Unsurprisingly, candidates who are rejected at the CV or telephone-screening stage receive notably weaker messages in terms of content and timing compared to those who get further along the process. Just 70% of organisations say that they provide every single unsuccessful candidate with a rejection message.
What’s more, it’s feared that this figure could actually be much lower. Ken Brotherson, managing director of TALiNT Partners, the company who conducted the report, commented:
“The organisations we worked with are highly engaged and want to find out what they are doing wrong so they can fix it, but we know that’s not true of most organisations. We estimate that the figure for candidates who are being offered feedback could actually be much lower.”
When candidates were asked how they rate employers when it comes to candidate experience, only 46% of companies received average scores in the retail, hospitality and leisure sectors. The business services sector fared the best with 71% of respondents rating organisations above average.
Despite the poor effort made when it comes to providing a positive candidate experience, the majority of businesses say that they realise that the way they treat even unsuccessful applicants reflects on them as an employer and that rejected candidates are both ambassadors and potential customers.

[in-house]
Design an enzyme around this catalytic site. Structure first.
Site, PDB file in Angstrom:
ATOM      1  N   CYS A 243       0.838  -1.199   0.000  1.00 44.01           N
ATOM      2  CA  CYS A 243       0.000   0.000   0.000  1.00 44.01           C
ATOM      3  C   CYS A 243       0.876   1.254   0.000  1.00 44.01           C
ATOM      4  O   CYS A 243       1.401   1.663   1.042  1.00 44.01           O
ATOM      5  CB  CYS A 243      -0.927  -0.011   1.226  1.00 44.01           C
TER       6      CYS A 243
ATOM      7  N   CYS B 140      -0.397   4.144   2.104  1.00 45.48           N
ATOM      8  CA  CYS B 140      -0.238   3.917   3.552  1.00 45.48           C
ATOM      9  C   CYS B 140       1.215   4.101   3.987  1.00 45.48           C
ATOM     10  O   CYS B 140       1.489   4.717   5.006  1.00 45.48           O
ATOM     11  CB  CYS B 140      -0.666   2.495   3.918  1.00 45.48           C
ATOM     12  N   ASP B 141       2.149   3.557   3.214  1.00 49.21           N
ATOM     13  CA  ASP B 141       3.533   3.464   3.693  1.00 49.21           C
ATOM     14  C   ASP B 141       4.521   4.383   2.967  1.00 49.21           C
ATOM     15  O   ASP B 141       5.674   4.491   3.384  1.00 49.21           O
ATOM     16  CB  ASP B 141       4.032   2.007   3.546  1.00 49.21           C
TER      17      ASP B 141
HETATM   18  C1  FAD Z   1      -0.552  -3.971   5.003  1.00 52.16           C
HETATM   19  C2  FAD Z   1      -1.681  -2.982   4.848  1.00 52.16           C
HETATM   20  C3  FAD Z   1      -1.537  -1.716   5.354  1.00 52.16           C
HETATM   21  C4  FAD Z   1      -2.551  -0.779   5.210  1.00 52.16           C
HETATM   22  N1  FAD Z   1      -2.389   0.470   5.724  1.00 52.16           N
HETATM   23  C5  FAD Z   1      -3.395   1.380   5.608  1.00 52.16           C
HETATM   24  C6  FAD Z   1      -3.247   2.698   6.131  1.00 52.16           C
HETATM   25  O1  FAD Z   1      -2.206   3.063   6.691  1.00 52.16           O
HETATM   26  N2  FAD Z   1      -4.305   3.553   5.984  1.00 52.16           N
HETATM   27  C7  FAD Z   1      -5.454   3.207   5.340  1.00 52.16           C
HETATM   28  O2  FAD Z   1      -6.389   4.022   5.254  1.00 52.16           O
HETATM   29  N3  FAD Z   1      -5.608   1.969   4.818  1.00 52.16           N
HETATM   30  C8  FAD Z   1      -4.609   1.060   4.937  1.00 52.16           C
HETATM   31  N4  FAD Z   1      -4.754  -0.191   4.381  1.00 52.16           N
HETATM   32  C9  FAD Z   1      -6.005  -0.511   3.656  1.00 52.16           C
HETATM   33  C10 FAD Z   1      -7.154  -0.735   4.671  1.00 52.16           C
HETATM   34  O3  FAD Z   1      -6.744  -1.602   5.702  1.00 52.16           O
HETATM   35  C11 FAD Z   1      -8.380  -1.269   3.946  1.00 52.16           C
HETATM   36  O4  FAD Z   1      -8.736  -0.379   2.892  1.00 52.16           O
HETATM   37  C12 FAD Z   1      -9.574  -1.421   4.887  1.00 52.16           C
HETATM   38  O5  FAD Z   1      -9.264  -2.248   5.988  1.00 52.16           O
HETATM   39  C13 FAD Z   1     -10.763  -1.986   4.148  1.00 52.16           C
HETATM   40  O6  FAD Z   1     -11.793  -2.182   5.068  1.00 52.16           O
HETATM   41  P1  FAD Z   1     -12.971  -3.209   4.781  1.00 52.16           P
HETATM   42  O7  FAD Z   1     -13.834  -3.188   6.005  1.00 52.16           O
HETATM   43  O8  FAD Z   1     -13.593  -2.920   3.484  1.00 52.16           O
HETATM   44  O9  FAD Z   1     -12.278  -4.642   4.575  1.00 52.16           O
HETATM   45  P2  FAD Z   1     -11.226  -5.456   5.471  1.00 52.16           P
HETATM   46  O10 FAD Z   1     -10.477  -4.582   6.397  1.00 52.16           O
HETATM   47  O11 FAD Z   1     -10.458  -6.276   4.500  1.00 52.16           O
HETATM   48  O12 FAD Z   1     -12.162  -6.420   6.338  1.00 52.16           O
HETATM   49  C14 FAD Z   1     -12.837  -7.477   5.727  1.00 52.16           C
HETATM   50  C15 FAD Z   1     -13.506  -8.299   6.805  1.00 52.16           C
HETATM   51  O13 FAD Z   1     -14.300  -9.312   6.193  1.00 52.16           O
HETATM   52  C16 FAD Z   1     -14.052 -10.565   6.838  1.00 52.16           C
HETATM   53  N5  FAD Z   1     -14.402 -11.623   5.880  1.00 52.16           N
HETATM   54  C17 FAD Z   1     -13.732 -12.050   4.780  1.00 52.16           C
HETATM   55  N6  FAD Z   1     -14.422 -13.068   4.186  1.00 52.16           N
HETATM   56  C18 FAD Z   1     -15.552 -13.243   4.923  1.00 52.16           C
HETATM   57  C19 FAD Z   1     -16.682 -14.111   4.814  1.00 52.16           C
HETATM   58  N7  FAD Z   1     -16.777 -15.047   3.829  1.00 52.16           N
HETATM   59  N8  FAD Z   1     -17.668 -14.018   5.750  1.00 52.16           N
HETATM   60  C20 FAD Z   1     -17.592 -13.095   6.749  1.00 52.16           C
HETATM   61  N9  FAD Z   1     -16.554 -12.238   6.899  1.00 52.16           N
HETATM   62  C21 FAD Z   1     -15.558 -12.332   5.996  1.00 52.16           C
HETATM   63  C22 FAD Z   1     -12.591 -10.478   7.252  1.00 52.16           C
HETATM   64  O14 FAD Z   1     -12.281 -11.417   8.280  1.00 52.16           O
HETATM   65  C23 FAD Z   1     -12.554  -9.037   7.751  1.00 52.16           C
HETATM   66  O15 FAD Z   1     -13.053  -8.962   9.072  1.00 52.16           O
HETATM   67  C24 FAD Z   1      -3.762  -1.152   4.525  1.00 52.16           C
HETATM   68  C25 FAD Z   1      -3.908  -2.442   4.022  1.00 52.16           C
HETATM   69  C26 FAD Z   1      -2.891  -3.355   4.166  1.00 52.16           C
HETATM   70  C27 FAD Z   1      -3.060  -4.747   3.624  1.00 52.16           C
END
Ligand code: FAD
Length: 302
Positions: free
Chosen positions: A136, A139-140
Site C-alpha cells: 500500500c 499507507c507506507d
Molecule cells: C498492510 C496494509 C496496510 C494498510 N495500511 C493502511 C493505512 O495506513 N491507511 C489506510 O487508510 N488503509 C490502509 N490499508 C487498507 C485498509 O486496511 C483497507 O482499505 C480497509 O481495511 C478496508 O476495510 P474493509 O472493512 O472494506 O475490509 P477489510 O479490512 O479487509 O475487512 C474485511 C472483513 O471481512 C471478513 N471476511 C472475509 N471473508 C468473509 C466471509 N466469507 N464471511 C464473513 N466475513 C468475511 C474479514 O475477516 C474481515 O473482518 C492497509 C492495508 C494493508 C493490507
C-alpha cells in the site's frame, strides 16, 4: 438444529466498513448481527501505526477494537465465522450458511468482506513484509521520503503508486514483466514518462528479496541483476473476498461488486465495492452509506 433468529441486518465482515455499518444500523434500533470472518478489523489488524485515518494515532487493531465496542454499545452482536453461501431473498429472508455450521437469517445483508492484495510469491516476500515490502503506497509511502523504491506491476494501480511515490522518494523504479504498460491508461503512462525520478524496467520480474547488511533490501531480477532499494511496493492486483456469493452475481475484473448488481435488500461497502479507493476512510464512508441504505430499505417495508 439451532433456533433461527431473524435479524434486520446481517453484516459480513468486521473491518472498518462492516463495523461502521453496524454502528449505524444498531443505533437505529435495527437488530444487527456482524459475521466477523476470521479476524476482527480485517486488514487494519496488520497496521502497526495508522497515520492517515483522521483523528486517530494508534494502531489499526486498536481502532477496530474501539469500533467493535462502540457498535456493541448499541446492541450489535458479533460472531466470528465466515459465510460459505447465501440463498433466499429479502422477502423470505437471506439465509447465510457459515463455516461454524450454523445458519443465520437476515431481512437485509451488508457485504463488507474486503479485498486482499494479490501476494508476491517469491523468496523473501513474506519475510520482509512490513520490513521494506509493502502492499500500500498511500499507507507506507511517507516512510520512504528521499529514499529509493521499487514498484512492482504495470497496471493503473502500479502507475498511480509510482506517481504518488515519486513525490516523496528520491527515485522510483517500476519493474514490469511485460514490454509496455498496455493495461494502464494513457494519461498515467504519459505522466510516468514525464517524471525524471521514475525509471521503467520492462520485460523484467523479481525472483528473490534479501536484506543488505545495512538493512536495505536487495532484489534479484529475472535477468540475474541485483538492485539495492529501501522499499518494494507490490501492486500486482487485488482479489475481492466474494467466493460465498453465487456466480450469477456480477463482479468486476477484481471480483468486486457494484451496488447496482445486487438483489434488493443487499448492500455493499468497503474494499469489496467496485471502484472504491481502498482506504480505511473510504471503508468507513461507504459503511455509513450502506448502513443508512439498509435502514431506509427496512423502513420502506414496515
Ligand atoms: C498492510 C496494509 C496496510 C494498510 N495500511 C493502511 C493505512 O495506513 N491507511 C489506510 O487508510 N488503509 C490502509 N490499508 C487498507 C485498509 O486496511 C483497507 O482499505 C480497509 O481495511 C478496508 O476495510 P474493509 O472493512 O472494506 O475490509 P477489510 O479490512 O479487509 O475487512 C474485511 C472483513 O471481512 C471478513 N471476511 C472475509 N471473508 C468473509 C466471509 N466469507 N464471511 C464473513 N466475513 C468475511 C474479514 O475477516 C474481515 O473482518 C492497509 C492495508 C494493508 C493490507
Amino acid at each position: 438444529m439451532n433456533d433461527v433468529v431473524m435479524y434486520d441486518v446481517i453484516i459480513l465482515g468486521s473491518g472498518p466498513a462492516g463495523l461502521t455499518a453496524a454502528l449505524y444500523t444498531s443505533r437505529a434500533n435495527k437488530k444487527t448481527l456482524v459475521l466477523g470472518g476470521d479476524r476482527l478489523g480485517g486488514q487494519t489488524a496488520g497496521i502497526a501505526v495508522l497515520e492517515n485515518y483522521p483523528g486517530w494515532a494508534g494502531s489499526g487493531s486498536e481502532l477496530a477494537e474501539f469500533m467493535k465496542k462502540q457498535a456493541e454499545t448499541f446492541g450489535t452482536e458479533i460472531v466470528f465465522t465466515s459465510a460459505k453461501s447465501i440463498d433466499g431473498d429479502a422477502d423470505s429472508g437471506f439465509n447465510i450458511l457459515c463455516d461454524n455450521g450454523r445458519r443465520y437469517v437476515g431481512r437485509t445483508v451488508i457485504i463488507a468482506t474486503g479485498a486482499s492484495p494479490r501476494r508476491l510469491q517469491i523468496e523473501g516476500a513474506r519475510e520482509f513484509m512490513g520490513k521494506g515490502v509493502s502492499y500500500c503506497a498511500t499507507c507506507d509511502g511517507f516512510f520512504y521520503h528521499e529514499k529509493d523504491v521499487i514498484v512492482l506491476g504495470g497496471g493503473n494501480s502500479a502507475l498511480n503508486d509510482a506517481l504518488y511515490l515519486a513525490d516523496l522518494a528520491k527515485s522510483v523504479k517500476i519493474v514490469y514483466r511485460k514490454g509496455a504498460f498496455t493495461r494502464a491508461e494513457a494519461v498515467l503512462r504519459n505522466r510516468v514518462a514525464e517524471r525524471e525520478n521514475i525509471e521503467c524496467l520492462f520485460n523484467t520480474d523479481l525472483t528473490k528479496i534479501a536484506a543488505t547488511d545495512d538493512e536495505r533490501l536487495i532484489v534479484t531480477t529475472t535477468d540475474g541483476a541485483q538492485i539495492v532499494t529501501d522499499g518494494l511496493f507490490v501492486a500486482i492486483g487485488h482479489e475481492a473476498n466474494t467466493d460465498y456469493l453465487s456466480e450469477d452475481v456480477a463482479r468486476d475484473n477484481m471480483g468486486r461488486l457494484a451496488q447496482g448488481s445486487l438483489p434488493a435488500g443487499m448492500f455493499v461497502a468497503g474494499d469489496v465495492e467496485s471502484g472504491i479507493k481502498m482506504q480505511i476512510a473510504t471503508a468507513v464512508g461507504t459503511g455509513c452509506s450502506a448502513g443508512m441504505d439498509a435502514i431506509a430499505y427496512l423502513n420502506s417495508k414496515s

Offering an explanation as to why so many businesses may be struggling with their candidate experience, Brotherson explained that organisations are opening up their application processes too widely. With so many job seekers applying to vacancies, it makes it almost impossible for companies to get back to every single applicant.
Another issue is how simple job hunting has become thanks to the Internet. With many online job sites offering a ‘one-click’ application process, it means that desperate job seekers are applying to any role that’s vaguely suited to their skills and experience. In recent years, it’s not unusual for a single opening to get thousands of applicants only for orgnaisations to find that very few, if any of them are actually suitable for the role.
Brotherson says that an effective method of reducing the number of unsuitable applicants is to be honest with candidates about what the role will entail.
“A lot of employers who are trying to attract jobseekers might focus on talking about their mission statement, their values and their culture, but what jobseekers will really be interested in is the job itself. There’s a danger that employers might be losing sight of that.”
“Offering candidates an honest perspective of what is expected of them in a role is a far more effective approach. Employers should not be afraid to show people the reality of a role, to show a job with warts and all. Tell people something that they might find challenging or difficult in a role and you’ll find that you might attract candidates who have the level of adaptability and resilience needed.”
To find out why providing a positive candidate experience is a key part of recruitment, head over to our blog page.